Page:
The Best Christmas Music of 2021; Unwrap Holiday Gifts from Paul Gilbert, Norah Jones, Lucinda Williams, Tenille Townes, The Sweeplings, Shaggy, Orleans, Kristin Chenoweth, Brett Eldredge, Pentatonix and Many More Including Putamayo's Christmas Jazz Mix & A Single by A New Mariah Carey Supergroup
So, at least 2021 was a better year than 2020. At least you might think that if you didn't watch the news. I could never actually do that, but that's a story for another day, possibly another blog. Maybe the solution is to just surround yourself with music.
Just when you thought that nothing could be new in holiday music, that is all been said and done before, along comes this year's batch of holiday creations. I genuinely like all of the new releases listed below, but if you'd like to see my top ten, they're shown within the title of this article.
Below, you will find select titles from the 2021 releases. Listen to them on your favorite streaming service, download them from your favorite platform, or swim upstream and buy a physical copy (direct from the artist, if you can) and enjoy. Here at Music & More, we wish you a safe, happy and healthy holiday season with our best wishes for a happy new year in 2022.
New goodies for 2021:
Cain is also the last name of the three siblings from Alabama who formed this successful Christian country band. With a full length debut album already to their credit, Wonderful seems poised to expand their audience. On the two original compositions, all three Cains co-write and harmonize, and each track features a guest artist. They open with a solid version of Phil Spector's "(Christmas) Baby Please Come Home". They also sound good on Kenny Loggins' "Celebrate Me Home" and on the rarely covered "Grown-up Christmas List", a song that's hard not to love once you've heard it. They close the record with a more traditional rendering of "O Come All Ye Faithful". Wonderful features Logan on lead vocals with harmony from her brother and sister making for a very listenable Christmas EP.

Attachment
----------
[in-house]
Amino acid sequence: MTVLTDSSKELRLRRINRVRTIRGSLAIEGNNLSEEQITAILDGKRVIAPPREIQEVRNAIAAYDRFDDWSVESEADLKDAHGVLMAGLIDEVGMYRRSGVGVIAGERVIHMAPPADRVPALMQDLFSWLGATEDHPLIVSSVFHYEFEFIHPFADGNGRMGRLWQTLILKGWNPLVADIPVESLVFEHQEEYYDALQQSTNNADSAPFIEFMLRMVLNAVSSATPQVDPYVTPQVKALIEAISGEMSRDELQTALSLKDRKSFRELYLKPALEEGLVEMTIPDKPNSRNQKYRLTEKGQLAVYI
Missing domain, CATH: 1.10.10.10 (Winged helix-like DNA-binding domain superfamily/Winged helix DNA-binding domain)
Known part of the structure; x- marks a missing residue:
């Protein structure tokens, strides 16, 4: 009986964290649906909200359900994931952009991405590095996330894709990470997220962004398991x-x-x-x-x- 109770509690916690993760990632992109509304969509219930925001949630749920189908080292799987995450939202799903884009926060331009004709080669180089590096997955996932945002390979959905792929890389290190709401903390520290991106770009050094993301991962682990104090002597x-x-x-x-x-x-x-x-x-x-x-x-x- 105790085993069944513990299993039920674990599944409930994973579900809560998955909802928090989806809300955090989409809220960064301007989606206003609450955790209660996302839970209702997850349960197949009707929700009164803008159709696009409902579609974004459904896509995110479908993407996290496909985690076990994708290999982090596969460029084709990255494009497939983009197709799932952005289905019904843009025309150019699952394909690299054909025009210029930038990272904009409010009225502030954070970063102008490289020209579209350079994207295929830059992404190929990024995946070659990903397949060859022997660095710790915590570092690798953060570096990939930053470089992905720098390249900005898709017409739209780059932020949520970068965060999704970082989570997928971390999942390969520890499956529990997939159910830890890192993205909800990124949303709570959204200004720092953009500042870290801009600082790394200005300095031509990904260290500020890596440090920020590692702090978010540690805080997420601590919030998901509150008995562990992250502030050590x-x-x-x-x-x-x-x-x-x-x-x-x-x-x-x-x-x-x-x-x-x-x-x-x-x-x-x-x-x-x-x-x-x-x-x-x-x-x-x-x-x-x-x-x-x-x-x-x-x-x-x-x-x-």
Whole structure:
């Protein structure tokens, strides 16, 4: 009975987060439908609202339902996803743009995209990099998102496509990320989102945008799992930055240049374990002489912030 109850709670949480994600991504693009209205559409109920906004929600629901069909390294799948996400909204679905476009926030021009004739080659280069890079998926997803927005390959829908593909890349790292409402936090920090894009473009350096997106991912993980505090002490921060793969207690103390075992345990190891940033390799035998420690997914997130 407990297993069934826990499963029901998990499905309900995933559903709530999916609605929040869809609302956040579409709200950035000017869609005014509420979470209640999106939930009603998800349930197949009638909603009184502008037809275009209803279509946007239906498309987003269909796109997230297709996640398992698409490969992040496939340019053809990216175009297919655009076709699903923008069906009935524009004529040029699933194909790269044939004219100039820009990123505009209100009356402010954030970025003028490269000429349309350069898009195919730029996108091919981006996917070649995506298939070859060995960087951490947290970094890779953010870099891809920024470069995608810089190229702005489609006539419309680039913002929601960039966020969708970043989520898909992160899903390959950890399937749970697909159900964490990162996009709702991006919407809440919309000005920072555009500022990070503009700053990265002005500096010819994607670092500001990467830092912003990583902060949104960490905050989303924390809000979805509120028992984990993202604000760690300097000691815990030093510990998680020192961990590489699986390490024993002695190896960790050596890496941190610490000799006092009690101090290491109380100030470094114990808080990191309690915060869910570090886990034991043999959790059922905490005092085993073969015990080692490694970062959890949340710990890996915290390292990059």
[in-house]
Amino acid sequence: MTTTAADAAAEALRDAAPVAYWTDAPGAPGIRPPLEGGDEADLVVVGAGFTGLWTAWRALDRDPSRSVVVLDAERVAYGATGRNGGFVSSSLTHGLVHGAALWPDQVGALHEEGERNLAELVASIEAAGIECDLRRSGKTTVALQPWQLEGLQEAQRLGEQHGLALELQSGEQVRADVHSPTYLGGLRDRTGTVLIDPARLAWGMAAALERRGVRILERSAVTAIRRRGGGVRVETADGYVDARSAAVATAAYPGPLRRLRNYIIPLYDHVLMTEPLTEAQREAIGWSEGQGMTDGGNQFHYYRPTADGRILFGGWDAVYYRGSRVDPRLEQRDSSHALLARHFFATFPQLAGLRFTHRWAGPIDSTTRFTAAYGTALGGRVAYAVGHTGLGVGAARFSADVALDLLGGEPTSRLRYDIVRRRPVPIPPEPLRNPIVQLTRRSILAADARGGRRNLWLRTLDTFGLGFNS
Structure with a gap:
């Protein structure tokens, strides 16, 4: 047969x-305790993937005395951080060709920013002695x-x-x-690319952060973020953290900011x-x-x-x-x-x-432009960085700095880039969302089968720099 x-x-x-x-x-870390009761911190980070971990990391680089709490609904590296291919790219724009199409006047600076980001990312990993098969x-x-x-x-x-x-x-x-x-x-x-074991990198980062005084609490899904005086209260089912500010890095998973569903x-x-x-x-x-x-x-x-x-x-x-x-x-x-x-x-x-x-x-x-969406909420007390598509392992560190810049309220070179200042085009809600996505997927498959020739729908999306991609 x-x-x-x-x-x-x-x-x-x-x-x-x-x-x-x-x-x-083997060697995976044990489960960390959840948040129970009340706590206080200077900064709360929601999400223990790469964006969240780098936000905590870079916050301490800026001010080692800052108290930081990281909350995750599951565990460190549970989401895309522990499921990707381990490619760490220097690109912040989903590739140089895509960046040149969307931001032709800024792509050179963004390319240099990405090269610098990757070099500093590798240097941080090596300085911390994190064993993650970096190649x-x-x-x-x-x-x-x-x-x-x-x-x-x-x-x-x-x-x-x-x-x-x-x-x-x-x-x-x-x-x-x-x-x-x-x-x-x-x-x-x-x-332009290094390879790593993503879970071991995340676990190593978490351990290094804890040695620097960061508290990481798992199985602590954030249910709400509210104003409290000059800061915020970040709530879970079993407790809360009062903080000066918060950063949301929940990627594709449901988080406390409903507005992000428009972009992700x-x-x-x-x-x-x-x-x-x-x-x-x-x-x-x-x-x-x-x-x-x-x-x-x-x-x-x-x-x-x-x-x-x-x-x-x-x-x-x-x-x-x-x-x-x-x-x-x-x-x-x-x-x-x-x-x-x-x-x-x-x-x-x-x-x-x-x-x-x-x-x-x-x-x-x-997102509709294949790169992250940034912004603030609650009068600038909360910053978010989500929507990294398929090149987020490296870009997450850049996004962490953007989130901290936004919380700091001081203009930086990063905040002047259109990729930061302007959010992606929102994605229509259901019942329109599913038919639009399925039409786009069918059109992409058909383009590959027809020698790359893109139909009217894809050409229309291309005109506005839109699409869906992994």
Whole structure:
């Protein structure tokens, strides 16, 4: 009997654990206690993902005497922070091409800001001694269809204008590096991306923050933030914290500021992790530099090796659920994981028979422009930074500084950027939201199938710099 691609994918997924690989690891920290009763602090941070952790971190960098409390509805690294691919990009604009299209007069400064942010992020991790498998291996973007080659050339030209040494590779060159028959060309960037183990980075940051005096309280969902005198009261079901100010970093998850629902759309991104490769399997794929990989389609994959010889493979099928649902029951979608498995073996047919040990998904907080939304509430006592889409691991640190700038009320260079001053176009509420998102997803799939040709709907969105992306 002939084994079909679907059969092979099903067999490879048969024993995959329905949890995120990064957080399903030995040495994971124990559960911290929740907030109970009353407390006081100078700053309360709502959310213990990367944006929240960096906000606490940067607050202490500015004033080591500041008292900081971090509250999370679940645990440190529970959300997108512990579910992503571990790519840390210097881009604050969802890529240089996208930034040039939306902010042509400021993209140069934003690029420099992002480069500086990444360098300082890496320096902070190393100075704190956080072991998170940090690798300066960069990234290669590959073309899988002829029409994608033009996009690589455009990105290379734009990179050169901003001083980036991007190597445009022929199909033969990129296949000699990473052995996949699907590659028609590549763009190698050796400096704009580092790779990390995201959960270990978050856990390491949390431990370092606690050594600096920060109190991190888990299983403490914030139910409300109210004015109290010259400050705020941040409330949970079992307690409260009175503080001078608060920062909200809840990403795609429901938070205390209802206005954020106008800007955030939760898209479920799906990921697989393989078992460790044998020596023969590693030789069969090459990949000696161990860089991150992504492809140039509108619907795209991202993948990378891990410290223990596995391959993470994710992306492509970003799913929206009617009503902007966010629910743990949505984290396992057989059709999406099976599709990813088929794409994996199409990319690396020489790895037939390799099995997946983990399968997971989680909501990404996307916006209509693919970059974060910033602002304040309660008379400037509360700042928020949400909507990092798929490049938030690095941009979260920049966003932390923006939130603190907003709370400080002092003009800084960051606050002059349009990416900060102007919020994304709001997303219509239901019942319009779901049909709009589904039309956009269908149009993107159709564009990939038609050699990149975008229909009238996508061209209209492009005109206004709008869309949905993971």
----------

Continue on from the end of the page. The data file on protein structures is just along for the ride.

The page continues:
Mariah Carey, Khalid, Kirk Franklin - Fall in Love at Christmas
A beautiful, original Christmas tune by a new supergroup consisting of Mariah Carey, who needs no introduction, R & B singer Khalid, and gospel musician Kirk Franklin. The three of them sound great together and Franklin adorns the song with the sound of a gospel choir. This single comes in three versions, whether you steam, download or purchase it on CD.
Don't miss Kristin Chenoweth's new holiday entry HAPPINESS is…Christmas!. If you do, you will miss one the most inventive, well selected, and surprising albums of this season. Chenoweth opens the album with the title track medleyed with "Christmas Time Is Here", the Vince Guaraldi classic, which starts and ends the track, setting a nice tone for the album. Chenoweth medleys like that a couple times on this album. She does The Carpenters' (rarely covered) "Merry Christmas, Darling", sounding good too. There's also a Hanukkah tune here, the lovely "We Are Lights". At one point, Chenoweth totally shifts gears into a great sounding blues version of "Merry Christmas Baby", singing duet with Keb' Mo'. This is a very well thought out and well executed record, destined to surely make your holiday spirits brighter.
On Kelly Clarkson's second Christmas album, she shows why her pipes won her the first season of American Idol and why she's a coach on The Voice. The album is comprised of mostly originals. On three of these, she sings duets with special guests Chris Stapleton on "Glow," Ariana Grande on "Santa, Can't You Hear Me," and on the first bonus track "Under the Mistletoe" she sings with Brett Eldredge. In addition to the originals, there are also four familiar favorites: "It's Beginning to Look A Lot Like Christmas," "Rockin' Around the Christmas Tree," "Santa Baby," and "Last Christmas." Clarkson sounded excellent performing much of this album on a network television special in prime time that followed the lighting of the Rockefeller Center Christmas tree. Heady stuff to be sure, but a great way to get into the spirit of the season.